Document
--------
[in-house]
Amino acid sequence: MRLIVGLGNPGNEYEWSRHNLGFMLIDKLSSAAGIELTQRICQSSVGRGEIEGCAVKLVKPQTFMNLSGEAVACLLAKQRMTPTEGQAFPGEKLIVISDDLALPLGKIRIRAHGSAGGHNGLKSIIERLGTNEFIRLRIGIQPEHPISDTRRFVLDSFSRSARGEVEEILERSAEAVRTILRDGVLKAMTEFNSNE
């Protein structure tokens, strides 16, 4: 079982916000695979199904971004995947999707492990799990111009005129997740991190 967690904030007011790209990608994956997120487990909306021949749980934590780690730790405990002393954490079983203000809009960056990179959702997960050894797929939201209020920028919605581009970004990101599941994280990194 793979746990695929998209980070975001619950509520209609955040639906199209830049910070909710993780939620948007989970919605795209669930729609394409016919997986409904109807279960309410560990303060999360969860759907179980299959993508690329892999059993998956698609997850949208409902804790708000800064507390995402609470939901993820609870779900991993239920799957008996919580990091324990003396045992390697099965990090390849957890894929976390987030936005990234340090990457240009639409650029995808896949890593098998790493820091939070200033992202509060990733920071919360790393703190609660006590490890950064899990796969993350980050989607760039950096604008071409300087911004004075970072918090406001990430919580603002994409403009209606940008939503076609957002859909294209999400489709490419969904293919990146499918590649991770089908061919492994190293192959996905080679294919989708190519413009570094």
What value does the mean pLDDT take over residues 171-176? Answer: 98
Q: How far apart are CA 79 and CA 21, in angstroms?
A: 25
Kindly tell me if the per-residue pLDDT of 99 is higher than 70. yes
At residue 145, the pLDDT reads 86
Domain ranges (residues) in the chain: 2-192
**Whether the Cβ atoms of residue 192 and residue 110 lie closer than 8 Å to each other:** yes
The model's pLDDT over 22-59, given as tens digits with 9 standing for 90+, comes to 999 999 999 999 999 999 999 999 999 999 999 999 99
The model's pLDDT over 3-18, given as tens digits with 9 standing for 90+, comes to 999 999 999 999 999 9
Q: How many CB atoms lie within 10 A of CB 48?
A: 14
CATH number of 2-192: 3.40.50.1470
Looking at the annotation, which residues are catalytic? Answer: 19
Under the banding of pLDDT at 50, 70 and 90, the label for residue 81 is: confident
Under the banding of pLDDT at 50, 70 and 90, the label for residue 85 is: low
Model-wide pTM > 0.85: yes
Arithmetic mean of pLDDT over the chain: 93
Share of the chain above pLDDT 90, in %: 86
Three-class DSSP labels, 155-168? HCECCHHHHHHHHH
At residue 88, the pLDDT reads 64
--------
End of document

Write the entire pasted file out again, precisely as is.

[in-house]
Amino acid sequence: MRLIVGLGNPGNEYEWSRHNLGFMLIDKLSSAAGIELTQRICQSSVGRGEIEGCAVKLVKPQTFMNLSGEAVACLLAKQRMTPTEGQAFPGEKLIVISDDLALPLGKIRIRAHGSAGGHNGLKSIIERLGTNEFIRLRIGIQPEHPISDTRRFVLDSFSRSARGEVEEILERSAEAVRTILRDGVLKAMTEFNSNE
């Protein structure tokens, strides 16, 4: 079982916000695979199904971004995947999707492990799990111009005129997740991190 967690904030007011790209990608994956997120487990909306021949749980934590780690730790405990002393954490079983203000809009960056990179959702997960050894797929939201209020920028919605581009970004990101599941994280990194 793979746990695929998209980070975001619950509520209609955040639906199209830049910070909710993780939620948007989970919605795209669930729609394409016919997986409904109807279960309410560990303060999360969860759907179980299959993508690329892999059993998956698609997850949208409902804790708000800064507390995402609470939901993820609870779900991993239920799957008996919580990091324990003396045992390697099965990090390849957890894929976390987030936005990234340090990457240009639409650029995808896949890593098998790493820091939070200033992202509060990733920071919360790393703190609660006590490890950064899990796969993350980050989607760039950096604008071409300087911004004075970072918090406001990430919580603002994409403009209606940008939503076609957002859909294209999400489709490419969904293919990146499918590649991770089908061919492994190293192959996905080679294919989708190519413009570094």
What value does the mean pLDDT take over residues 171-176? Answer: 98
Q: How far apart are CA 79 and CA 21, in angstroms?
A: 25
Kindly tell me if the per-residue pLDDT of 99 is higher than 70. yes
At residue 145, the pLDDT reads 86
Domain ranges (residues) in the chain: 2-192
**Whether the Cβ atoms of residue 192 and residue 110 lie closer than 8 Å to each other:** yes
The model's pLDDT over 22-59, given as tens digits with 9 standing for 90+, comes to 999 999 999 999 999 999 999 999 999 999 999 999 99
The model's pLDDT over 3-18, given as tens digits with 9 standing for 90+, comes to 999 999 999 999 999 9
Q: How many CB atoms lie within 10 A of CB 48?
A: 14
CATH number of 2-192: 3.40.50.1470
Looking at the annotation, which residues are catalytic? Answer: 19
Under the banding of pLDDT at 50, 70 and 90, the label for residue 81 is: confident
Under the banding of pLDDT at 50, 70 and 90, the label for residue 85 is: low
Model-wide pTM > 0.85: yes
Arithmetic mean of pLDDT over the chain: 93
Share of the chain above pLDDT 90, in %: 86
Three-class DSSP labels, 155-168? HCECCHHHHHHHHH
At residue 88, the pLDDT reads 64